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124 NEW MASTERS OF POSTER DESIGN
Methane often polishes off their work with a little humor as
well; note their marketing lines “Farm Fresh Methane” and
“Put a Little More Methane in Your Life.
That humor masks a lot of hard work, though. McDevitt cautions,
“Silkscreen posters have to be thought out. Prepress work is
very important. We have to consider color, size, and audience
as well as the technical aspect.Their work ethic shapes the
entire process. Methane’s “design philosophy is to sketch and
concept our asses off on the front end. Research the material
and explore a number of ideas before settling on one. We have
stacks and stacks of sketches from the last 15 years.They also
try to get started early, “visiting the assignment before it
comes down to being due the next day,” so that time
constraints don’t force them to settle on a solution they are
unhappy with.
HAND IN HAND
Lee has noticed the change in the poster scene in recent years.
With the computers help, production speed and access to
knowledge has increased, but he believes plenty of posters
have always been out there. “I just think designers are starting
to look at them as a bit more exciting than the annual reports of
days past. Poster designers can take more chances and push
the envelope.” Methane also notes that the connection
between fans and a collectable visual connection to music is
even more desired now that the record has disappeared and
the CD seems to be following in its footsteps, leaving fans little
in the way of a visual badge. McDevitt notes, Art and music go
hand in hand,” and fans crave the interpretation of the music
available through gig posters.
Lee and McDevitt admit a love of designs from “all the old
albums from the fifties and sixties, and Saul Bass, David Stone
Martin, Jim Flora.” But you can also see the heavy influence of
pop culture from their childhoods. “We love Wacky Packs, those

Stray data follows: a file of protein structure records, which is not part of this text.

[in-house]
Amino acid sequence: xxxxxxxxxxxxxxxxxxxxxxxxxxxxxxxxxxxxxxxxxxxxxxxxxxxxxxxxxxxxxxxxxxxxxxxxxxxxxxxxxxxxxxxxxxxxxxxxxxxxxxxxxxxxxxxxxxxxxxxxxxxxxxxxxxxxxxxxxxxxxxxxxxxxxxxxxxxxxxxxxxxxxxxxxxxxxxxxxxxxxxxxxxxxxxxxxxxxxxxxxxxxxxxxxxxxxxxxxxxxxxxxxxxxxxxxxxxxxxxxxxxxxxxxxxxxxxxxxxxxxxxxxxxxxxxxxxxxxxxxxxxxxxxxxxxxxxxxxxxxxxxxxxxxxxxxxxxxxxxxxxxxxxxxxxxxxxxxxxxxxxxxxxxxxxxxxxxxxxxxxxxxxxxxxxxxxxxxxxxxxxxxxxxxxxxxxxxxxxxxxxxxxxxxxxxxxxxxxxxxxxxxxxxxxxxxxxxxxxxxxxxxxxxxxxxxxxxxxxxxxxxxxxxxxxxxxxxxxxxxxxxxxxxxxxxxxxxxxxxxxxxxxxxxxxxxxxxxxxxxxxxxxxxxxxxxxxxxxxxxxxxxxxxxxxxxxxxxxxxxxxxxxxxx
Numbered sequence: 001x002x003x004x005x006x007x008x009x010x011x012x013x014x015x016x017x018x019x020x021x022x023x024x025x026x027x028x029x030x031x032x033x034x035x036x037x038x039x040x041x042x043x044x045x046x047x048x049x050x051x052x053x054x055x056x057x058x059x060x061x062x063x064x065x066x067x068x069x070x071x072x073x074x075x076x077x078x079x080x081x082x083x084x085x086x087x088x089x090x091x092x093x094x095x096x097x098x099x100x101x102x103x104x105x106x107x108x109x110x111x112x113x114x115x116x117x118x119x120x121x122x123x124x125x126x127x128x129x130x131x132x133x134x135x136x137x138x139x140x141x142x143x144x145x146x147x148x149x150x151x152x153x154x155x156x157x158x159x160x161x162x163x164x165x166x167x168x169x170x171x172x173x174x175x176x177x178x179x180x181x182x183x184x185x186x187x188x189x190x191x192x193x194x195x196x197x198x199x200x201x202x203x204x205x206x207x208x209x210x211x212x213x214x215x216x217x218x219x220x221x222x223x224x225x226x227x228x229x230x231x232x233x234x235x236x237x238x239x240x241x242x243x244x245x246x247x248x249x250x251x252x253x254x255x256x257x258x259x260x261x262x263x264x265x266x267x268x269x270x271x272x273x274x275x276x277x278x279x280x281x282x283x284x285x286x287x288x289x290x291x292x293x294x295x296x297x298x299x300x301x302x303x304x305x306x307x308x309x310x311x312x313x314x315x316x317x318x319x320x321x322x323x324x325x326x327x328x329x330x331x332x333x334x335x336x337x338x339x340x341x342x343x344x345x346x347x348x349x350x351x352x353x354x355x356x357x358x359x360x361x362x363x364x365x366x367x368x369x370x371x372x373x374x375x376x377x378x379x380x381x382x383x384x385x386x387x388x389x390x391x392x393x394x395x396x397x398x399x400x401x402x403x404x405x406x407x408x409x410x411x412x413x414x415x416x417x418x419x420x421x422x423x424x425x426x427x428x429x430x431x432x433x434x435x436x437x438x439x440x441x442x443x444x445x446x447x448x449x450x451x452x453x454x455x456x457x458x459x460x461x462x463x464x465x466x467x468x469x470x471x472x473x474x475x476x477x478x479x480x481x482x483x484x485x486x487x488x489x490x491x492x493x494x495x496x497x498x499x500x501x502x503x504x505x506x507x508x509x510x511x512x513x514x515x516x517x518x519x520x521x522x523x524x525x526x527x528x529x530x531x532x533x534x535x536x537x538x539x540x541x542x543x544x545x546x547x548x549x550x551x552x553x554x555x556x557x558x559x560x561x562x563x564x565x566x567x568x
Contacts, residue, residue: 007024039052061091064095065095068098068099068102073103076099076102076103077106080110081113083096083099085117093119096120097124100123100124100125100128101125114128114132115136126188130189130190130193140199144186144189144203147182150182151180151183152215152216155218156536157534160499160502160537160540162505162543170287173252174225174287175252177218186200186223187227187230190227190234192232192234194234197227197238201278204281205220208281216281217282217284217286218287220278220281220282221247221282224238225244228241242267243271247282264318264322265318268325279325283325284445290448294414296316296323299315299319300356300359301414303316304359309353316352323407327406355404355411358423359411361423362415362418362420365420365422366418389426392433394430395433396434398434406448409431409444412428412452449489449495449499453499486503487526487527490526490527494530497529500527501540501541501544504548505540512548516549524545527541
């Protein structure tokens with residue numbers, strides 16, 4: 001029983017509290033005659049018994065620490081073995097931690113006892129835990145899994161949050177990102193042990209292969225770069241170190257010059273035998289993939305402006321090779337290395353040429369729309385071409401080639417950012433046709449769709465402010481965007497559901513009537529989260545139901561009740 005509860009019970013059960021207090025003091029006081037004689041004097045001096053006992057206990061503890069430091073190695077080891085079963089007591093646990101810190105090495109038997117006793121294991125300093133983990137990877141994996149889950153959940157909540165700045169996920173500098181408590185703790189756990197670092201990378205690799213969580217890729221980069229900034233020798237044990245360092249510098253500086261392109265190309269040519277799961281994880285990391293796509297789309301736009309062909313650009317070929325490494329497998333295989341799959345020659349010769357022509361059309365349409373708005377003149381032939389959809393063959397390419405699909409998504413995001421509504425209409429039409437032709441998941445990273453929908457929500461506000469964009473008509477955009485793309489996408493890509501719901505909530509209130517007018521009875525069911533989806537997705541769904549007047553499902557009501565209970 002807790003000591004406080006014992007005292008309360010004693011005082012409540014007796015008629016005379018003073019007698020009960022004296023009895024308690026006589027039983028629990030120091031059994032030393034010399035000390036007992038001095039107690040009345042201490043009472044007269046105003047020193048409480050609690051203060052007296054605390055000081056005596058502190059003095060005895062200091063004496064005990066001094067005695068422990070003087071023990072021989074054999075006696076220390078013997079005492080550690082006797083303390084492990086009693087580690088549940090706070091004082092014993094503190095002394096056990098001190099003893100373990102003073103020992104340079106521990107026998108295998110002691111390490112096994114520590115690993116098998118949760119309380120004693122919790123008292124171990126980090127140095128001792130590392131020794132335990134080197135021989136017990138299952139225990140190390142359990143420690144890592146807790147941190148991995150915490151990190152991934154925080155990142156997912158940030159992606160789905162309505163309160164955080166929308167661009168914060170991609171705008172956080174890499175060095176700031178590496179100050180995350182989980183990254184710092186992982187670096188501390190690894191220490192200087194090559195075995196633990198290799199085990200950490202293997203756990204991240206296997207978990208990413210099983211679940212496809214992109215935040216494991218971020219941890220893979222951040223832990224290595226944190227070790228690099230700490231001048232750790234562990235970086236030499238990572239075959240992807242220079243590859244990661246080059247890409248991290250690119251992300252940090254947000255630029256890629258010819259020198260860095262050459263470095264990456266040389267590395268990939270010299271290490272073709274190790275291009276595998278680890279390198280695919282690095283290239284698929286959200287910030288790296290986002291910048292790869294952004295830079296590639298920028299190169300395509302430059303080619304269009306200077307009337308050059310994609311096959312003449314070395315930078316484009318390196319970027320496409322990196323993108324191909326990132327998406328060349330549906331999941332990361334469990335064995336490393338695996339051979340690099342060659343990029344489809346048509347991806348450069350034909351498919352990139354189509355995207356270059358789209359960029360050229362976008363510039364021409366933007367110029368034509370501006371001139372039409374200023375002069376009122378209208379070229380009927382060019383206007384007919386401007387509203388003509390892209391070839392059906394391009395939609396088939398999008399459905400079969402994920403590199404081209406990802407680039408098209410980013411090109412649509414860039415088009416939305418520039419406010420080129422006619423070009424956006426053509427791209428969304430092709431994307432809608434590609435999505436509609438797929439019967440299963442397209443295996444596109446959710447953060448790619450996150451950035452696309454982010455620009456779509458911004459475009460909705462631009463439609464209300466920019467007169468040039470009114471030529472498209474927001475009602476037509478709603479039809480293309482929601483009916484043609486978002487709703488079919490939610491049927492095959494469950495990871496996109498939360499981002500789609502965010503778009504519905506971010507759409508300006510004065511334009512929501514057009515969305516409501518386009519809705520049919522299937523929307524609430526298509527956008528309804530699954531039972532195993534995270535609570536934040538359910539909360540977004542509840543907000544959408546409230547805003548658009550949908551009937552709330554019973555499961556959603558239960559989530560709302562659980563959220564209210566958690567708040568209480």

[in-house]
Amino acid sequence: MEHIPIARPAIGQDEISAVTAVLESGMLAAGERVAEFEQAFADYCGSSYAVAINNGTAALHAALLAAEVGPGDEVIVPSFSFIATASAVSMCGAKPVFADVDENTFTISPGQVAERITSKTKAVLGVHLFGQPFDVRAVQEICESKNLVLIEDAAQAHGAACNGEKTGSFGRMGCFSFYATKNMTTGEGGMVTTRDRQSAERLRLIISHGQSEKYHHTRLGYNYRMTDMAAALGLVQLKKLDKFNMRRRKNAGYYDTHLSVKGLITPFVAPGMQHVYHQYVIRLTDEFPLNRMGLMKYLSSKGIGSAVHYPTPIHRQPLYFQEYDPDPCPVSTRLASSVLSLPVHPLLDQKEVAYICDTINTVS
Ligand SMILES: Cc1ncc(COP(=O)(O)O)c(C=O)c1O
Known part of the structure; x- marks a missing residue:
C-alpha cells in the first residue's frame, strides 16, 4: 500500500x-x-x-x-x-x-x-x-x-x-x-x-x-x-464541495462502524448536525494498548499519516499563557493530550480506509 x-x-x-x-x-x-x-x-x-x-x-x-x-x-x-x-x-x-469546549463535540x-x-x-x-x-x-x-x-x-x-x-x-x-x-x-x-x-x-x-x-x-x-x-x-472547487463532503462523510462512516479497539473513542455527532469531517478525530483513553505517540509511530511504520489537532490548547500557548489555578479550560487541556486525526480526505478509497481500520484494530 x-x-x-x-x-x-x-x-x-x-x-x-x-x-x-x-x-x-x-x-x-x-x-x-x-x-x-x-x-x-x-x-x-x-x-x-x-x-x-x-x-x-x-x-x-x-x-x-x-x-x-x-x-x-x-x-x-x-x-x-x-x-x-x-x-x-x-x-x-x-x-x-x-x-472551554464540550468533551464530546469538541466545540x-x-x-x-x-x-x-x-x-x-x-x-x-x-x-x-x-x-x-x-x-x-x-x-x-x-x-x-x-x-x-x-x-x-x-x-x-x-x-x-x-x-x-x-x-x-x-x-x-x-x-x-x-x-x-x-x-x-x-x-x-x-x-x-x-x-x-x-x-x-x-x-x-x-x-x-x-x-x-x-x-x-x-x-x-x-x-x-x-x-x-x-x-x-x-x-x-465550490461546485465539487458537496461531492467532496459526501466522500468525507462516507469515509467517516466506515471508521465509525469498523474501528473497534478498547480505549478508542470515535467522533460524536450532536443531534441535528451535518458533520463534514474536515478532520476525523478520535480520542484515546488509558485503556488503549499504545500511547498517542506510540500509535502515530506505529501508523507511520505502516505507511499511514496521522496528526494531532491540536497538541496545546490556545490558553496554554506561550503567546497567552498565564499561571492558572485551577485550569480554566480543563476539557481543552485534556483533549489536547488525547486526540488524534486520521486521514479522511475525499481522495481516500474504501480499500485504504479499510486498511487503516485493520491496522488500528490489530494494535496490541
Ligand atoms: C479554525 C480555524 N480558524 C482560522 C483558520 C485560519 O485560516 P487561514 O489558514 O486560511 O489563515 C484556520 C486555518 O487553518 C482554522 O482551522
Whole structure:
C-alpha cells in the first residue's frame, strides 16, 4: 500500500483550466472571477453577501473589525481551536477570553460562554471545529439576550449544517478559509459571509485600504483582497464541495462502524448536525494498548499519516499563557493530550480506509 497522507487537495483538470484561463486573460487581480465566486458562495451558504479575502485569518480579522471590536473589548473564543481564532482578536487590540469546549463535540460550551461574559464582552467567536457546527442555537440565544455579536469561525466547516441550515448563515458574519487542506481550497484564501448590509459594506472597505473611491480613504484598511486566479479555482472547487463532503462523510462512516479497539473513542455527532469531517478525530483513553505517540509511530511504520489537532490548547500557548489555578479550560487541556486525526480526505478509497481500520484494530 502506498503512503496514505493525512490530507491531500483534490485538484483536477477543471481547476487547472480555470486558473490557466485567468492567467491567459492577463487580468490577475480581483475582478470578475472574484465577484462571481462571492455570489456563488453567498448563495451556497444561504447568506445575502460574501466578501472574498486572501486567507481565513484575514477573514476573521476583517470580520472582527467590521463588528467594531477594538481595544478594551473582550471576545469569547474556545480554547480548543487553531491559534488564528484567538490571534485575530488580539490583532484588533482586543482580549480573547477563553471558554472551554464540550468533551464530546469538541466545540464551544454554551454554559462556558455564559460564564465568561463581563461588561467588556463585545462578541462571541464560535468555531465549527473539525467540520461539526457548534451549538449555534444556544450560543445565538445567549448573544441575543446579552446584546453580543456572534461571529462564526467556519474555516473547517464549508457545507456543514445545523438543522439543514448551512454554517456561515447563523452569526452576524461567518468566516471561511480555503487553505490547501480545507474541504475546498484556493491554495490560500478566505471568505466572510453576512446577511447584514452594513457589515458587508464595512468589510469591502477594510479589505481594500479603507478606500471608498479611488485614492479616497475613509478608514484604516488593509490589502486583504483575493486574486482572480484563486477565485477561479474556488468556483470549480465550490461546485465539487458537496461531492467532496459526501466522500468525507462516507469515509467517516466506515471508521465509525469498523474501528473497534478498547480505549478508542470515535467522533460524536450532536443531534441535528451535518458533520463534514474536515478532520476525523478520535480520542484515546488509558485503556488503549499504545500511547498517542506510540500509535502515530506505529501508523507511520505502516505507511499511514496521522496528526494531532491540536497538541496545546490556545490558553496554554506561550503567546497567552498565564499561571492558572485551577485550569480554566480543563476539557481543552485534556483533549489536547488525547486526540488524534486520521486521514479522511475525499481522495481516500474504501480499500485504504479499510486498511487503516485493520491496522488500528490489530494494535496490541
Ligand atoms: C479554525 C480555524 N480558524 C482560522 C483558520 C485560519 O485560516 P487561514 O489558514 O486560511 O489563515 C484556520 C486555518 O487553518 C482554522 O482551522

novelty stickers from the seventies that parody food and product
labels, Mad magazines amazing illustrations, Christmas-themed
stop-motion animation, board games, The Six Million Dollar Man,
Planet of the Apes, Bugs Bunny, Hanna-Barbera, H.R. PufnStuf,
eighties soap operas, B-movies like The Warriors, The Omega
Man, Porky’s, Losin It—the list goes on and on.That doesn’t
touch on the passion for “music of all kinds—Merle Haggard
to Pavement to Louvin Brothers to Serge Gainsbourg to Led
Zeppelin.You can hear the yearning to get back to their stereos
in the way they list each artist.
Through their funky eye-catching design, Methane are now
inspiring a new generation of designers who did not experience
the 1970s firsthand, much in the way the famous painter whose
work adorns so many classic jazz albums, David Stone Martin,
flavors their work.
TEN YEARS FROM NOW
From day one in Methane history, McDevitt says “We have
always done posters for personal enjoyment first, and always
hoped we would eventually be able to at least pay for the print-
ing.Those days are long behind them. All they know is that
business gets better each year and all the hard work seems
to be paying off—aside from “blowing our spending money
on music.” Making their mark nationally and adding to the local
flavor in Atlanta, they aren’t sure about a poster movement
currently taking place, as “it’s hard to see a movement until
it passes.” But, McDevitt adds, “I sure hope we can say we were
part of it when looking back ten years from now.
“Poster designers can take more chances and push the envelope.”
METHANE STUDIOS
ATLANTA, GEORGIA, USA
MARK’S GARAGE
Robert Lee and Mark McDevitt, former Columbus College of Art and Design students
reunited by a love of poster design, formed Methane Studios in 1998. While the studio
has grown into a full-service firm, they started out solely producing posters for Robert’s
band in Mark’s garage, and posters remain the bulk of what they do. That wont change
anytime soon, as McDevitt notes they enjoy the boldness and the large format and
great big areas of color available with poster design.
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